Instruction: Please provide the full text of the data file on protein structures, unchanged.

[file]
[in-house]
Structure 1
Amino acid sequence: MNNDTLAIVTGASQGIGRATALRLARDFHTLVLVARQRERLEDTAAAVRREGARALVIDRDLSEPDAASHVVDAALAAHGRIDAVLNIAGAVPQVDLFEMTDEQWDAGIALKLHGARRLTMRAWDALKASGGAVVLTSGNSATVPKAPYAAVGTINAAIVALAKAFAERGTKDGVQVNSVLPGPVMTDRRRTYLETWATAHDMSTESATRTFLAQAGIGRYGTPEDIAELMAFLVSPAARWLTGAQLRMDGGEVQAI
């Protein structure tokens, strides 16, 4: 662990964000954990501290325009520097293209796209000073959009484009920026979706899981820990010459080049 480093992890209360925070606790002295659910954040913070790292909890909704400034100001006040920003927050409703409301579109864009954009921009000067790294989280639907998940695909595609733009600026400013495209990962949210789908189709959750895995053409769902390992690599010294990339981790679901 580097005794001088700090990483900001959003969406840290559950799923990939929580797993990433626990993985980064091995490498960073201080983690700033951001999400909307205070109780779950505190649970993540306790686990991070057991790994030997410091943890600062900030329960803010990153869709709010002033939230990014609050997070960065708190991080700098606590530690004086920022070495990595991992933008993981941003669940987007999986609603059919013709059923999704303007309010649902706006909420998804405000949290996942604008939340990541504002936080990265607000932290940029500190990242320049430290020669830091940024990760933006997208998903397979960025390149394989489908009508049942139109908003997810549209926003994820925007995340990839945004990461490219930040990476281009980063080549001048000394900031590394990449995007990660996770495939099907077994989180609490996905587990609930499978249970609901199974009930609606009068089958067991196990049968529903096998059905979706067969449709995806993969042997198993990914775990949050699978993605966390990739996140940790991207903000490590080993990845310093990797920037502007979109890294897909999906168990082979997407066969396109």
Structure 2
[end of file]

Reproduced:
[in-house]
Structure 1
Amino acid sequence: MNNDTLAIVTGASQGIGRATALRLARDFHTLVLVARQRERLEDTAAAVRREGARALVIDRDLSEPDAASHVVDAALAAHGRIDAVLNIAGAVPQVDLFEMTDEQWDAGIALKLHGARRLTMRAWDALKASGGAVVLTSGNSATVPKAPYAAVGTINAAIVALAKAFAERGTKDGVQVNSVLPGPVMTDRRRTYLETWATAHDMSTESATRTFLAQAGIGRYGTPEDIAELMAFLVSPAARWLTGAQLRMDGGEVQAI
């Protein structure tokens, strides 16, 4: 662990964000954990501290325009520097293209796209000073959009484009920026979706899981820990010459080049 480093992890209360925070606790002295659910954040913070790292909890909704400034100001006040920003927050409703409301579109864009954009921009000067790294989280639907998940695909595609733009600026400013495209990962949210789908189709959750895995053409769902390992690599010294990339981790679901 580097005794001088700090990483900001959003969406840290559950799923990939929580797993990433626990993985980064091995490498960073201080983690700033951001999400909307205070109780779950505190649970993540306790686990991070057991790994030997410091943890600062900030329960803010990153869709709010002033939230990014609050997070960065708190991080700098606590530690004086920022070495990595991992933008993981941003669940987007999986609603059919013709059923999704303007309010649902706006909420998804405000949290996942604008939340990541504002936080990265607000932290940029500190990242320049430290020669830091940024990760933006997208998903397979960025390149394989489908009508049942139109908003997810549209926003994820925007995340990839945004990461490219930040990476281009980063080549001048000394900031590394990449995007990660996770495939099907077994989180609490996905587990609930499978249970609901199974009930609606009068089958067991196990049968529903096998059905979706067969449709995806993969042997198993990914775990949050699978993605966390990739996140940790991207903000490590080993990845310093990797920037502007979109890294897909999906168990082979997407066969396109």
Structure 2